1. Marine ecosystem responses to Cenozoic global change.

    PubMed

    Norris, R D; Turner, S Kirtland; Hull, P M; Ridgwell, A

    2013-08-02

    The future impacts of anthropogenic global change on marine ecosystems are highly uncertain, but insights can be gained from past intervals of high atmospheric carbon dioxide partial pressure. The long-term geological record reveals an early Cenozoic warm climate that supported smaller polar ecosystems, few coral-algal reefs, expanded shallow-water platforms, longer food chains with less energy for top predators, and a less oxygenated ocean than today. The closest analogs for our likely future are climate transients, 10,000 to 200,000 years in duration, that occurred during the long early Cenozoic interval of elevated warmth. Although the future ocean will begin to resemble the past greenhouse world, it will retain elements of the present "icehouse" world long into the future. Changing temperatures and ocean acidification, together with rising sea level and shifts in ocean productivity, will keep marine ecosystems in a state of continuous change for 100,000 years.

  2. Global change impacts on mangrove ecosystems

    USGS Publications Warehouse

    McKee, Karen L.

    2004-01-01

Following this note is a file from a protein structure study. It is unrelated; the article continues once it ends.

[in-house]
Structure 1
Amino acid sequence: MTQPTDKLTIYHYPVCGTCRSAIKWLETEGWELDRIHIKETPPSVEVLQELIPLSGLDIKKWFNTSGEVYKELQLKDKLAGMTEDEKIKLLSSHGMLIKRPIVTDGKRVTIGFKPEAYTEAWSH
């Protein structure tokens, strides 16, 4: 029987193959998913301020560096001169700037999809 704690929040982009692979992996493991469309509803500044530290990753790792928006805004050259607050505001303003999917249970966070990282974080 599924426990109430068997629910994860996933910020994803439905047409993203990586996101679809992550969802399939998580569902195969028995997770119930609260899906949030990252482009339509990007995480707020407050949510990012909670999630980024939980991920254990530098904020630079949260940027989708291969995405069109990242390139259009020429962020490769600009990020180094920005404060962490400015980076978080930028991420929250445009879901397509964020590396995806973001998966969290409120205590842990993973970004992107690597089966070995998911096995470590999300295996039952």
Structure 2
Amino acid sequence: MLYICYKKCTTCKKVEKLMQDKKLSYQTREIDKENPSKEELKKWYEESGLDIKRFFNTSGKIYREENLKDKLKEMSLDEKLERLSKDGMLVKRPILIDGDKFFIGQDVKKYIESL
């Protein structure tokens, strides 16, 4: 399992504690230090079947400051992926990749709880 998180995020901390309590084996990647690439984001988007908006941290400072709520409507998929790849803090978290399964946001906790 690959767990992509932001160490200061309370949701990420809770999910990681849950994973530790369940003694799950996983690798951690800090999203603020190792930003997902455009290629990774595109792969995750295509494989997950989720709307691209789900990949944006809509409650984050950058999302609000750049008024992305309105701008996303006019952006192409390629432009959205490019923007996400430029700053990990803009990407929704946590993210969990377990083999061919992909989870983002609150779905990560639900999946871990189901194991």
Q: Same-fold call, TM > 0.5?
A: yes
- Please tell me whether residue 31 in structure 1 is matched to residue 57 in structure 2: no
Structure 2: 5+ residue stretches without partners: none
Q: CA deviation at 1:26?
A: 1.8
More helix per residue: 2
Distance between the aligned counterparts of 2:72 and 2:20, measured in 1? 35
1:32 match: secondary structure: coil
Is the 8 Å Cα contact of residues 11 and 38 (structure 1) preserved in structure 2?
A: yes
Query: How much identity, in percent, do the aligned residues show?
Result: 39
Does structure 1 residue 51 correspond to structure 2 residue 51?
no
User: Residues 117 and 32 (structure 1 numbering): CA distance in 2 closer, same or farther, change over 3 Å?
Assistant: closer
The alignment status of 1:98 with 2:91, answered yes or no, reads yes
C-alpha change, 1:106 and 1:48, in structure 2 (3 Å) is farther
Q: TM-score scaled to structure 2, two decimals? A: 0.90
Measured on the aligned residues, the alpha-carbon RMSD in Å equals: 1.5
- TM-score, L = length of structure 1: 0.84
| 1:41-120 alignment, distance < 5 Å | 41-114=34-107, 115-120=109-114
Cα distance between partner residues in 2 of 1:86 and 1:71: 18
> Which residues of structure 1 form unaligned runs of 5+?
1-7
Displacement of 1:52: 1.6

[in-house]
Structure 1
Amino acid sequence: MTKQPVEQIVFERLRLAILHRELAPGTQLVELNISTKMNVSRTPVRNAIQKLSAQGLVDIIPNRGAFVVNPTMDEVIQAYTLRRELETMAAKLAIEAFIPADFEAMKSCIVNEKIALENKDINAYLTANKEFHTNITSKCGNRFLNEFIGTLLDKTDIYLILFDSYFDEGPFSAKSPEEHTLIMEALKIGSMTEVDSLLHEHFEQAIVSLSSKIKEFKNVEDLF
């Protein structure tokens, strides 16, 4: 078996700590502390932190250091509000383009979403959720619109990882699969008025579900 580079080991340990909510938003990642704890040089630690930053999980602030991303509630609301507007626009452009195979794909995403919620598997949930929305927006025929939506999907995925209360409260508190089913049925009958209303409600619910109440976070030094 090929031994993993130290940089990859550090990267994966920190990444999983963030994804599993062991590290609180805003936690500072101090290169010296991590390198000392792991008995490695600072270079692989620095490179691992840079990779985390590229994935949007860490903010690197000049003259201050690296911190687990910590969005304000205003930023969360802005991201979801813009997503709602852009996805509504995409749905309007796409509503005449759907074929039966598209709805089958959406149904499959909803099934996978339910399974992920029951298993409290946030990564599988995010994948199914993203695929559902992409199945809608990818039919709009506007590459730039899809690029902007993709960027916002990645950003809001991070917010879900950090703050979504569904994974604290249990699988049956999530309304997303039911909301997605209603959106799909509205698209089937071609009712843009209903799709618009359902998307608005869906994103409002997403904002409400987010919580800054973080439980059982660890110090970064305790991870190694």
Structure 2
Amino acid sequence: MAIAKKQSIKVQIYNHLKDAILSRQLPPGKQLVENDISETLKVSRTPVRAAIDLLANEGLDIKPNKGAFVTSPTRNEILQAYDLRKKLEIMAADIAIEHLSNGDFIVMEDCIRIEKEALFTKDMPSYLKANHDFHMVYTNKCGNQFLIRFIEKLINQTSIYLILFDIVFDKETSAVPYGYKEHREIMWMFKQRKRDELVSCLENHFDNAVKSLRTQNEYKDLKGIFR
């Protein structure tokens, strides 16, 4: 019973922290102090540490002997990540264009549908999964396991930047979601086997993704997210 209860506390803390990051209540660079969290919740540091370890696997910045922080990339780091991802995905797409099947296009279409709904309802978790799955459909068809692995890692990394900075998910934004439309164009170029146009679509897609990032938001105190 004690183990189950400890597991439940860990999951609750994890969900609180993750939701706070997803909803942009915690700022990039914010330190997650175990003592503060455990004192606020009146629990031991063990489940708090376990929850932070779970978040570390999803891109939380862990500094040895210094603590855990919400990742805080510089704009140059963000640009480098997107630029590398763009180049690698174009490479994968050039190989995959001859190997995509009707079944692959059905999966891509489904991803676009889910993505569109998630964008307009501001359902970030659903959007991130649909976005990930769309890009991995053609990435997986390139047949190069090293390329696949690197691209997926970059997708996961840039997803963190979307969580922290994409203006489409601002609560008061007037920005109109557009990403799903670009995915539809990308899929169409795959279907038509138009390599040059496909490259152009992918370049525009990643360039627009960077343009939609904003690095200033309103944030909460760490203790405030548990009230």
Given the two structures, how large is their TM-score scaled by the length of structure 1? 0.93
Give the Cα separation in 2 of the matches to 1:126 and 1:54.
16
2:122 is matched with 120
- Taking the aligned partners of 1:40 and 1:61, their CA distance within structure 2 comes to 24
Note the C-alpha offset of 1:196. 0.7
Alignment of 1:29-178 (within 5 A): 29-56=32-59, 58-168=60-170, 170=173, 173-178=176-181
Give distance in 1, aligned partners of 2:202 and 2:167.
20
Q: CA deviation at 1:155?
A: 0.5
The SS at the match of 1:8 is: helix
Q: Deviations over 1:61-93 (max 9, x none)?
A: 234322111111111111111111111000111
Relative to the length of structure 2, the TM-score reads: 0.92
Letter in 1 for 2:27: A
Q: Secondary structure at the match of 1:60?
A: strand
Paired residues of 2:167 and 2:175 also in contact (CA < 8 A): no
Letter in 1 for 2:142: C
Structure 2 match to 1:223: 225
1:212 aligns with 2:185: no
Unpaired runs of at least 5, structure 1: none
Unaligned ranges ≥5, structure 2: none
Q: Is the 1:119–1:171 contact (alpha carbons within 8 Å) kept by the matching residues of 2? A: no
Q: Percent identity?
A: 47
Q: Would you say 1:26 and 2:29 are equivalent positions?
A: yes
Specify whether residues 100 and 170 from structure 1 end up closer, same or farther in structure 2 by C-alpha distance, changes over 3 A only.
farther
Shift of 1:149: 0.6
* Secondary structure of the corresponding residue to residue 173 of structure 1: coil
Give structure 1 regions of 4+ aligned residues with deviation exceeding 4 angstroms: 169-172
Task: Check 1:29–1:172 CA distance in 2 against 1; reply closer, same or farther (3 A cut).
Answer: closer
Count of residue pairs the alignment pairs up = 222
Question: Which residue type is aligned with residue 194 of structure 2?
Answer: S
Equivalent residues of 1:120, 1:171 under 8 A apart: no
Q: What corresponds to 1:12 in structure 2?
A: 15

Mangroves are tropical/subtropical communities of primarily tree species that grow in the intertidal zone. These tidal forests are important coastal ecosystems that are valued for a variety of ecological and societal goods and services. Major local threats to mangrove ecosystems worldwide include clearcutting and trimming of forests for urban, agricultural, or industrial expansion; hydrological alterations; toxic chemical spills; and eutrophication. In many countries with mangroves, much of the human population resides in the coastal zone, and their activities often negatively impact the integrity of mangrove forests. In addition, eutrophication, which is the process whereby nutrients build up to higher than normal levels in a natural system, is possibly one of the most serious threats to mangroves and associated ecosystems such as coral reefs. Scientists with the U.S. Geological Survey (USGS) at the National Wetlands Research Center are working to more fully understand global impacts on these significant ecosystems.Changes in climate and other factors may also affect mangroves, but in complex ways. Global warming may promote expansion of mangrove forests to higher latitudes and accelerate sea-level rise through melting of polar ice or steric expansion of oceans. Changes in sea level would alter flooding patterns and the structure and areal extent of mangroves. Climate change may also alter rainfall patterns, which would in turn change local salinity regimes and competitive interactions of mangroves with other wetland species. Increases in frequency or intensity of tropical storms and hurricanes in combination with sea-level rise may alter erosion and sedimentation rates in mangrove forests. Another global change factor that may directly affect mangrove growth is increased atmospheric carbon dioxide (CO2), caused by burning of fossil fuels and other factors. Elevated CO2 concentration may increase mangrove growth by stimulating photosynthesis or improving water use